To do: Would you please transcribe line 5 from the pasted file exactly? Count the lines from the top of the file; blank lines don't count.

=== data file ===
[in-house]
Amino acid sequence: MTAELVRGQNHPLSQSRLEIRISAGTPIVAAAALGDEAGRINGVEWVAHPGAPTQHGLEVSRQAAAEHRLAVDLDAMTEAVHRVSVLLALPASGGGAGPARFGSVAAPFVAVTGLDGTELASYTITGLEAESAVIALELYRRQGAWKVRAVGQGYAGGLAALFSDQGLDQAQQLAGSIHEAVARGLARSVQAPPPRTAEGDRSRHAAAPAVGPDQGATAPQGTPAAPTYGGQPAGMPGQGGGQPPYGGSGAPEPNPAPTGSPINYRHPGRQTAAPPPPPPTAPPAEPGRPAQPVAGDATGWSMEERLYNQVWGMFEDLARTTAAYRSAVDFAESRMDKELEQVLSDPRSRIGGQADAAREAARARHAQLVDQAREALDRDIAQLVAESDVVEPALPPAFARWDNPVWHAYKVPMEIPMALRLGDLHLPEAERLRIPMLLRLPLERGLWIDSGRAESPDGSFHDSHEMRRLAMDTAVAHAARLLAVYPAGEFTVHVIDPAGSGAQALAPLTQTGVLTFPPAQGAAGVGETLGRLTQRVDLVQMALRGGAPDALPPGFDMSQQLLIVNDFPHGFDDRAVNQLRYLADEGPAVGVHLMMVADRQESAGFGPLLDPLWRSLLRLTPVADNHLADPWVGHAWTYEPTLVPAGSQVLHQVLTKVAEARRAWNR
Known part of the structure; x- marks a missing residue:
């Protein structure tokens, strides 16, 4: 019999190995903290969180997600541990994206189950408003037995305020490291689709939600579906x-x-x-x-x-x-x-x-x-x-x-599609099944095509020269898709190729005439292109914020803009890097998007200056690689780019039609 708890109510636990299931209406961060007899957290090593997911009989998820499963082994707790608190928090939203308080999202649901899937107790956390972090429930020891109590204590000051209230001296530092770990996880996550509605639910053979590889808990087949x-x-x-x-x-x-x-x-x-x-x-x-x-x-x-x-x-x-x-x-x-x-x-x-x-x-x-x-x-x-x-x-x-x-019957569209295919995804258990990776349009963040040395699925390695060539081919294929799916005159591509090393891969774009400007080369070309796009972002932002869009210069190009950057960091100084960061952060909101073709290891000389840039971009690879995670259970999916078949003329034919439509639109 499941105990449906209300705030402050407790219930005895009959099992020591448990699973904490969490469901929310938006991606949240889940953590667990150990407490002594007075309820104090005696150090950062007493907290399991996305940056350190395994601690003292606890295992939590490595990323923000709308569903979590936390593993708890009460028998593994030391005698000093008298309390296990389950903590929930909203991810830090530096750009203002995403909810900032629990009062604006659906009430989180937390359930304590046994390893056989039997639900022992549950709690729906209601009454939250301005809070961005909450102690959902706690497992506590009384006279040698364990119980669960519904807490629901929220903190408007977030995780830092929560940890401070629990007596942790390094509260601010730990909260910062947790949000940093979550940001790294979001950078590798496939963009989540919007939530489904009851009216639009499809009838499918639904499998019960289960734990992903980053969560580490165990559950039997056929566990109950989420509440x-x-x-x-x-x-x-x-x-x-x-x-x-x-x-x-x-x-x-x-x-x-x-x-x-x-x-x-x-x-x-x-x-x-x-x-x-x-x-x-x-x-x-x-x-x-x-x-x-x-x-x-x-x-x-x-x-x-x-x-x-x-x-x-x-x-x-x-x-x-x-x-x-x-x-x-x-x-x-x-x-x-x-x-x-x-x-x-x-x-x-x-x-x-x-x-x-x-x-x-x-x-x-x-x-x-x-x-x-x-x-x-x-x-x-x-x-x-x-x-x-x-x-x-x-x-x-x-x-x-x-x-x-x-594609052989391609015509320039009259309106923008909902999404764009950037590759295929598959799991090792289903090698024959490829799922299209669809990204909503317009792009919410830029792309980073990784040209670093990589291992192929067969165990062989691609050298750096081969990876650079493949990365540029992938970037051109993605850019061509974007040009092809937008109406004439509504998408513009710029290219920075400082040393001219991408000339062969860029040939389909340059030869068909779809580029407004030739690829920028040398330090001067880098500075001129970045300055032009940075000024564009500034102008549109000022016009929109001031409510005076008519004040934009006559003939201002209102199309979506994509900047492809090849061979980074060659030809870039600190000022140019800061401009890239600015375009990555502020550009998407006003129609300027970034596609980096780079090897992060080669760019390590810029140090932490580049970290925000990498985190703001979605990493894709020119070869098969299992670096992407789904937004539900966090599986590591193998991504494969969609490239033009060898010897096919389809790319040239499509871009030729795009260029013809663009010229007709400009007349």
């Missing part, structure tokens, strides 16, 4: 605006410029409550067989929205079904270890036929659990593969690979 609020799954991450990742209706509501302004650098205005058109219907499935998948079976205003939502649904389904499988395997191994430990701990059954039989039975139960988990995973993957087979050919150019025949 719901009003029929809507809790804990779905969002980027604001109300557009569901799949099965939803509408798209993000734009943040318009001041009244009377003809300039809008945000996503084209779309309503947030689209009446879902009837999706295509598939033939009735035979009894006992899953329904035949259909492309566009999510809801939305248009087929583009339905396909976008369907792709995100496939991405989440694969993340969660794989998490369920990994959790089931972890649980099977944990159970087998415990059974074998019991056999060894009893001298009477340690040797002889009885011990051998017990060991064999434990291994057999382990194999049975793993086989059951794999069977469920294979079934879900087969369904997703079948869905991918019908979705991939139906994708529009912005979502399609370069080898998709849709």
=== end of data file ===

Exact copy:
């Missing part, structure tokens, strides 16, 4: 605006410029409550067989929205079904270890036929659990593969690979 609020799954991450990742209706509501302004650098205005058109219907499935998948079976205003939502649904389904499988395997191994430990701990059954039989039975139960988990995973993957087979050919150019025949 719901009003029929809507809790804990779905969002980027604001109300557009569901799949099965939803509408798209993000734009943040318009001041009244009377003809300039809008945000996503084209779309309503947030689209009446879902009837999706295509598939033939009735035979009894006992899953329904035949259909492309566009999510809801939305248009087929583009339905396909976008369907792709995100496939991405989440694969993340969660794989998490369920990994959790089931972890649980099977944990159970087998415990059974074998019991056999060894009893001298009477340690040797002889009885011990051998017990060991064999434990291994057999382990194999049975793993086989059951794999069977469920294979079934879900087969369904997703079948869905991918019908979705991939139906994708529009912005979502399609370069080898998709849709």